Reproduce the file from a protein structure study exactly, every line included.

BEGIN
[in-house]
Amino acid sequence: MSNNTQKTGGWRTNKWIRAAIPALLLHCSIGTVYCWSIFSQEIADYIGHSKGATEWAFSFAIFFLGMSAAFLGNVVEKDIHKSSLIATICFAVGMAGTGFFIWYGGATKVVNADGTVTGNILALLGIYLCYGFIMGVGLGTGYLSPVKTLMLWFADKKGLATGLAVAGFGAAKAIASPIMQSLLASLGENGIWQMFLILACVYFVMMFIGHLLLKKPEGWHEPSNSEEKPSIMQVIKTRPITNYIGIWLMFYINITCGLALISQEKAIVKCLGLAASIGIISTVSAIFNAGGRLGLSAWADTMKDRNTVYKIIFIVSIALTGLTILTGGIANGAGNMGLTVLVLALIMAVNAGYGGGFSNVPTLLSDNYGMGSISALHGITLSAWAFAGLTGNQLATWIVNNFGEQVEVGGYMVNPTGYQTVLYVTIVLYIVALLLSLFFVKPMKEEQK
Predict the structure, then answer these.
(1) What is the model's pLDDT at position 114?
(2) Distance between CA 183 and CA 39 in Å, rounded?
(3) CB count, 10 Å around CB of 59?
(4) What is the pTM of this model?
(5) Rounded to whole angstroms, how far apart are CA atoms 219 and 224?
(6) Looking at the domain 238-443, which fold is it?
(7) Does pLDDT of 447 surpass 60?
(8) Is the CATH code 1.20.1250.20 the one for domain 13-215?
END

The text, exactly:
[in-house]
Amino acid sequence: MSNNTQKTGGWRTNKWIRAAIPALLLHCSIGTVYCWSIFSQEIADYIGHSKGATEWAFSFAIFFLGMSAAFLGNVVEKDIHKSSLIATICFAVGMAGTGFFIWYGGATKVVNADGTVTGNILALLGIYLCYGFIMGVGLGTGYLSPVKTLMLWFADKKGLATGLAVAGFGAAKAIASPIMQSLLASLGENGIWQMFLILACVYFVMMFIGHLLLKKPEGWHEPSNSEEKPSIMQVIKTRPITNYIGIWLMFYINITCGLALISQEKAIVKCLGLAASIGIISTVSAIFNAGGRLGLSAWADTMKDRNTVYKIIFIVSIALTGLTILTGGIANGAGNMGLTVLVLALIMAVNAGYGGGFSNVPTLLSDNYGMGSISALHGITLSAWAFAGLTGNQLATWIVNNFGEQVEVGGYMVNPTGYQTVLYVTIVLYIVALLLSLFFVKPMKEEQK
Predict the structure, then answer these.
(1) What is the model's pLDDT at position 114?
(2) Distance between CA 183 and CA 39 in Å, rounded?
(3) CB count, 10 Å around CB of 59?
(4) What is the pTM of this model?
(5) Rounded to whole angstroms, how far apart are CA atoms 219 and 224?
(6) Looking at the domain 238-443, which fold is it?
(7) Does pLDDT of 447 surpass 60?
(8) Is the CATH code 1.20.1250.20 the one for domain 13-215?